personal finance 3: sht hits the — mint II

October 24, 2008

First: the peppermint plant might not make it, due to directed indifference on both our parts. [D.Olivan]

Nudge: came up in conversation last night [J.Ge].  This makes me happy for a number of reasons (positive feedback!), but, aside from my self-justification as a savvy young pre-professional, I am glad to come back to this neglected little preaching post.  No promises on posting frequency, but know that I haven’t forgotten about this. [J.Shum]

Post: The past two months have been a free-for-all, buy this, get tickets for that, lunches out and elaborate dinners in.  As my balance drops and I await my numbered paychecks, I’ve hit that wall (or zero?) that I’m sure many young people do.  And my answer?  Budget, duh.  As with most major life changes, it’s a process.  Now to be fair, all my limits are only a shot in the dark until I am really, really employed.  Luckily, my favorite money tool mint has taken great strides in the past six months.

New and updated features:

  • Improved automatic categorization of your spending, along with the option to customize
  • The ability to split transactions, especially useful for cash withdrawals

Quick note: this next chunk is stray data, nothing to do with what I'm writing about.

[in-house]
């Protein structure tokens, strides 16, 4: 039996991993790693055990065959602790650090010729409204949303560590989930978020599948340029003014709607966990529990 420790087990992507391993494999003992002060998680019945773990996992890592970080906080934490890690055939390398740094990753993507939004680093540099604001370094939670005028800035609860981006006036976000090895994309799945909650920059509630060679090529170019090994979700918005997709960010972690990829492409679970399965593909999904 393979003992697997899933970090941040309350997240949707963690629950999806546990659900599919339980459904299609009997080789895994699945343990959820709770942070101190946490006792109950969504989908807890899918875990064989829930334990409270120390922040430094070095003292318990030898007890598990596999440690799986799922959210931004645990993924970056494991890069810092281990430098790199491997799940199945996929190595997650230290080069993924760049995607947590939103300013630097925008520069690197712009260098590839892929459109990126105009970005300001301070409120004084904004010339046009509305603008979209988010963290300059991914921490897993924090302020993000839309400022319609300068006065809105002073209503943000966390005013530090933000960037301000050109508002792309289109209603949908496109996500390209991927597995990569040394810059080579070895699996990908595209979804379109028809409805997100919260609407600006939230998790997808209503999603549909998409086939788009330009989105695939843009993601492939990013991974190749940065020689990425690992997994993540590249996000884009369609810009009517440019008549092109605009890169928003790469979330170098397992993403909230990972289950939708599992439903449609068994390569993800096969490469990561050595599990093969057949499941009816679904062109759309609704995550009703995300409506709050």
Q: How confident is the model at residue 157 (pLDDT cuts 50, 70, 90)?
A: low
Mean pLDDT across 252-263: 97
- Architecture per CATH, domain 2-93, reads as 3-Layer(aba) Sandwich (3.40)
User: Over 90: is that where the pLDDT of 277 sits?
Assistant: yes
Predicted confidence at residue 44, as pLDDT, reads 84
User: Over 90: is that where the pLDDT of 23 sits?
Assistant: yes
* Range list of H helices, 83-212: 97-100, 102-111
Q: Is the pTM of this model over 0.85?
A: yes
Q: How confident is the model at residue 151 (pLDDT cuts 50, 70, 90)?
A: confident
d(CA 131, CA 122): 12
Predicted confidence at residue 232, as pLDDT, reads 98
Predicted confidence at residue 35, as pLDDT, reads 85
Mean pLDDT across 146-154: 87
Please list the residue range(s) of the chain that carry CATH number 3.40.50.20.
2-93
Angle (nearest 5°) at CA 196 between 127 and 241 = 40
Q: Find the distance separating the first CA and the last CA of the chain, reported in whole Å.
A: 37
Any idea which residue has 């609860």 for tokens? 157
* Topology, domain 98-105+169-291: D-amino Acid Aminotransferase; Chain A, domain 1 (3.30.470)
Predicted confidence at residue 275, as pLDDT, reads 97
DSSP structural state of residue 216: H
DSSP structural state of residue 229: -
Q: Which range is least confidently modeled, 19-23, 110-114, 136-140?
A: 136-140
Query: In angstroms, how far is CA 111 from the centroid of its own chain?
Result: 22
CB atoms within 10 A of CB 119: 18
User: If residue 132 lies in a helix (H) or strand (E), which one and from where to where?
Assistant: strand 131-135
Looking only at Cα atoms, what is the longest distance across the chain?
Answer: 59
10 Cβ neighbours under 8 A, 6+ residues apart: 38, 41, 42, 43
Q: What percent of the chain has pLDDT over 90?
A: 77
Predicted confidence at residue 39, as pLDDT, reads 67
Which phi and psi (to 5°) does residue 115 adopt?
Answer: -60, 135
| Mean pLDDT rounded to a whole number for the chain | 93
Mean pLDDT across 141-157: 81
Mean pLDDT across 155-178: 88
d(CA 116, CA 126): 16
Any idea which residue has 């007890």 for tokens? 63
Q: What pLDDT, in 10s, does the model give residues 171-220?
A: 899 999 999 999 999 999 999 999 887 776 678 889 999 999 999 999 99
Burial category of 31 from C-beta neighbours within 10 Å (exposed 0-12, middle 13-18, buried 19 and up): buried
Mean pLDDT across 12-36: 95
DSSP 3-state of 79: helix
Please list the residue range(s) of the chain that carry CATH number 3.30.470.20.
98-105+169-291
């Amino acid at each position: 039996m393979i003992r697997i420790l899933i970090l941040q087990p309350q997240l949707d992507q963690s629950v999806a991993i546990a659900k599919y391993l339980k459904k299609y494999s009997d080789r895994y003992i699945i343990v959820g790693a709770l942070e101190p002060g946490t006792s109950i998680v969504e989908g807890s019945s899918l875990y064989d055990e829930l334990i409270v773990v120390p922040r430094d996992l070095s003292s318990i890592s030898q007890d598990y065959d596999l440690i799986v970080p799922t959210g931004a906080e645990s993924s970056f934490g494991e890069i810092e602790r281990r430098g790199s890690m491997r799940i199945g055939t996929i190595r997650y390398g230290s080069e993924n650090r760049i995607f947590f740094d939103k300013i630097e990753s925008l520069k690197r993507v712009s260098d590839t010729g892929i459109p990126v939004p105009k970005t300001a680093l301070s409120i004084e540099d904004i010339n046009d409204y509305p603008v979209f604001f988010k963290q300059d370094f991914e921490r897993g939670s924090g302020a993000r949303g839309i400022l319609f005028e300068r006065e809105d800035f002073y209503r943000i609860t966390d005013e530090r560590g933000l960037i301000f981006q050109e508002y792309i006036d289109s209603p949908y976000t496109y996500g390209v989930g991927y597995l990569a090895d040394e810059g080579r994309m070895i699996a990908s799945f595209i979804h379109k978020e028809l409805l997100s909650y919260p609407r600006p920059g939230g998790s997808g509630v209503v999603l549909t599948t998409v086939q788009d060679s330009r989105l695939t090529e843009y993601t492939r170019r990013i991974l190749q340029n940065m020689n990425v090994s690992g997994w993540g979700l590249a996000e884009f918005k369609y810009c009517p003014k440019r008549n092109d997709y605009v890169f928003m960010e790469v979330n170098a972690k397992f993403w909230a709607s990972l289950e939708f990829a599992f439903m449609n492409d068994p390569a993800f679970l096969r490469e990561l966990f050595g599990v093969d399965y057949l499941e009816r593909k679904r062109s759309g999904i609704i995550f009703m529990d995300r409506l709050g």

• New visualization tool to map your investment history against the Dow, S&P, NASDAQ
  • Blogblogblogblogblog:

If you’re still not convinced, look into it yourself.  Here’s a re-posting of the three top free online personal finance services:

“Free Personal Finance Software, Online Money Manager, Budget Planner and Financial Planning”
Clean “web 2.0” user interface. mostly a visualization tool to let you consolidate your finances, create a budget, and see where you’re spending your money.

“Get to Know Your Money”
With social networking component, so you can see what others spend, recommended products, their saving tips (…superfluous.)

“Innovative Bill Pay, Personal Finance, and Online Account Opening Tools”
The Original Gangster, but far too complex for single young people without businesses, mortgages and families, IMO.


2 Responses to “personal finance 3: sht hits the — mint II”

  1. Nice site. Theres some good information on here. Ill be checking back regularly.

  2. justine Says:

    you’re back!!

    i like murakami because he’s so good at describing human emotion though. of course the emotion is usually loneliness and confusion, but it’s still always beautiful.

    you inspire me to keep track of my finances.. possibly too depressing to do though

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